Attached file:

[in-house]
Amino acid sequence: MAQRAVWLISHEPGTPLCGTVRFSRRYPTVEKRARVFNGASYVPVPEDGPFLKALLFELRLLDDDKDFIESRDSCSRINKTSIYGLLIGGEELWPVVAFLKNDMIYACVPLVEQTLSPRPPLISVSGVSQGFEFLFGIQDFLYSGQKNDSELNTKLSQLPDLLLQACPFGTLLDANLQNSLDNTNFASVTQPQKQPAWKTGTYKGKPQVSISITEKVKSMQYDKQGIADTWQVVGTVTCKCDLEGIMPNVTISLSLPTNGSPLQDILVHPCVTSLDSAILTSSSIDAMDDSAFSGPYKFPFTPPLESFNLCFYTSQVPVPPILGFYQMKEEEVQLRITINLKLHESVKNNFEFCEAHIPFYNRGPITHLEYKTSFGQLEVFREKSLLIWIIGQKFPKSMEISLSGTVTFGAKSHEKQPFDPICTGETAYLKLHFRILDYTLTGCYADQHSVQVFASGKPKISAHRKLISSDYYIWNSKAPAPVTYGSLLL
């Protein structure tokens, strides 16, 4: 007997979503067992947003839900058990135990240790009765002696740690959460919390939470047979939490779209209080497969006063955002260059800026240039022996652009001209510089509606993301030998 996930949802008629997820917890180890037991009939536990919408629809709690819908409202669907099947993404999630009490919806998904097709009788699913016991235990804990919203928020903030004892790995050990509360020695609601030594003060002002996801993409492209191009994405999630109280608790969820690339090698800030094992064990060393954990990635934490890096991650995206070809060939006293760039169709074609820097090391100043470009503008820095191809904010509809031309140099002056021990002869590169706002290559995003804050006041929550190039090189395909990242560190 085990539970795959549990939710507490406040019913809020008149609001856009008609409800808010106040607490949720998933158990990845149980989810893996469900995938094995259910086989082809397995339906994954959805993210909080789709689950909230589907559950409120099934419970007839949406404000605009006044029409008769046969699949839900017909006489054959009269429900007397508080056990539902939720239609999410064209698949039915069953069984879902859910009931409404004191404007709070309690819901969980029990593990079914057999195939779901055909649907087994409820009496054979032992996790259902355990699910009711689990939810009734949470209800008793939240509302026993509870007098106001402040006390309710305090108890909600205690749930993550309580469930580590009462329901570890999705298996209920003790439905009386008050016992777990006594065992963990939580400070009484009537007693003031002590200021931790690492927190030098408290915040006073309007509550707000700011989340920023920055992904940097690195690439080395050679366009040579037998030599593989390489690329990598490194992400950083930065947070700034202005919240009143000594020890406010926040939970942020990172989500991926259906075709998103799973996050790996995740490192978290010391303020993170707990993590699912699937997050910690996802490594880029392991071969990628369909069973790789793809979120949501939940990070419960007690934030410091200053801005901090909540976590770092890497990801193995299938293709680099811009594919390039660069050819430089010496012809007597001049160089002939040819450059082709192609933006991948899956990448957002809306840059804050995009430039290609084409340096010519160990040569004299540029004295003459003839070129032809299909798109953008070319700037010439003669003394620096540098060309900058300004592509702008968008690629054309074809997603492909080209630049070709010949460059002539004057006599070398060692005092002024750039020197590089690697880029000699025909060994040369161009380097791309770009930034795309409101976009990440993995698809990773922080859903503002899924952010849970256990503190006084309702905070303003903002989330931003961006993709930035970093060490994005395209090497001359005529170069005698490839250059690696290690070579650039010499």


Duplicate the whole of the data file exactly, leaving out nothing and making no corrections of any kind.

[in-house]
Amino acid sequence: MAQRAVWLISHEPGTPLCGTVRFSRRYPTVEKRARVFNGASYVPVPEDGPFLKALLFELRLLDDDKDFIESRDSCSRINKTSIYGLLIGGEELWPVVAFLKNDMIYACVPLVEQTLSPRPPLISVSGVSQGFEFLFGIQDFLYSGQKNDSELNTKLSQLPDLLLQACPFGTLLDANLQNSLDNTNFASVTQPQKQPAWKTGTYKGKPQVSISITEKVKSMQYDKQGIADTWQVVGTVTCKCDLEGIMPNVTISLSLPTNGSPLQDILVHPCVTSLDSAILTSSSIDAMDDSAFSGPYKFPFTPPLESFNLCFYTSQVPVPPILGFYQMKEEEVQLRITINLKLHESVKNNFEFCEAHIPFYNRGPITHLEYKTSFGQLEVFREKSLLIWIIGQKFPKSMEISLSGTVTFGAKSHEKQPFDPICTGETAYLKLHFRILDYTLTGCYADQHSVQVFASGKPKISAHRKLISSDYYIWNSKAPAPVTYGSLLL
């Protein structure tokens, strides 16, 4: 007997979503067992947003839900058990135990240790009765002696740690959460919390939470047979939490779209209080497969006063955002260059800026240039022996652009001209510089509606993301030998 996930949802008629997820917890180890037991009939536990919408629809709690819908409202669907099947993404999630009490919806998904097709009788699913016991235990804990919203928020903030004892790995050990509360020695609601030594003060002002996801993409492209191009994405999630109280608790969820690339090698800030094992064990060393954990990635934490890096991650995206070809060939006293760039169709074609820097090391100043470009503008820095191809904010509809031309140099002056021990002869590169706002290559995003804050006041929550190039090189395909990242560190 085990539970795959549990939710507490406040019913809020008149609001856009008609409800808010106040607490949720998933158990990845149980989810893996469900995938094995259910086989082809397995339906994954959805993210909080789709689950909230589907559950409120099934419970007839949406404000605009006044029409008769046969699949839900017909006489054959009269429900007397508080056990539902939720239609999410064209698949039915069953069984879902859910009931409404004191404007709070309690819901969980029990593990079914057999195939779901055909649907087994409820009496054979032992996790259902355990699910009711689990939810009734949470209800008793939240509302026993509870007098106001402040006390309710305090108890909600205690749930993550309580469930580590009462329901570890999705298996209920003790439905009386008050016992777990006594065992963990939580400070009484009537007693003031002590200021931790690492927190030098408290915040006073309007509550707000700011989340920023920055992904940097690195690439080395050679366009040579037998030599593989390489690329990598490194992400950083930065947070700034202005919240009143000594020890406010926040939970942020990172989500991926259906075709998103799973996050790996995740490192978290010391303020993170707990993590699912699937997050910690996802490594880029392991071969990628369909069973790789793809979120949501939940990070419960007690934030410091200053801005901090909540976590770092890497990801193995299938293709680099811009594919390039660069050819430089010496012809007597001049160089002939040819450059082709192609933006991948899956990448957002809306840059804050995009430039290609084409340096010519160990040569004299540029004295003459003839070129032809299909798109953008070319700037010439003669003394620096540098060309900058300004592509702008968008690629054309074809997603492909080209630049070709010949460059002539004057006599070398060692005092002024750039020197590089690697880029000699025909060994040369161009380097791309770009930034795309409101976009990440993995698809990773922080859903503002899924952010849970256990503190006084309702905070303003903002989330931003961006993709930035970093060490994005395209090497001359005529170069005698490839250059690696290690070579650039010499």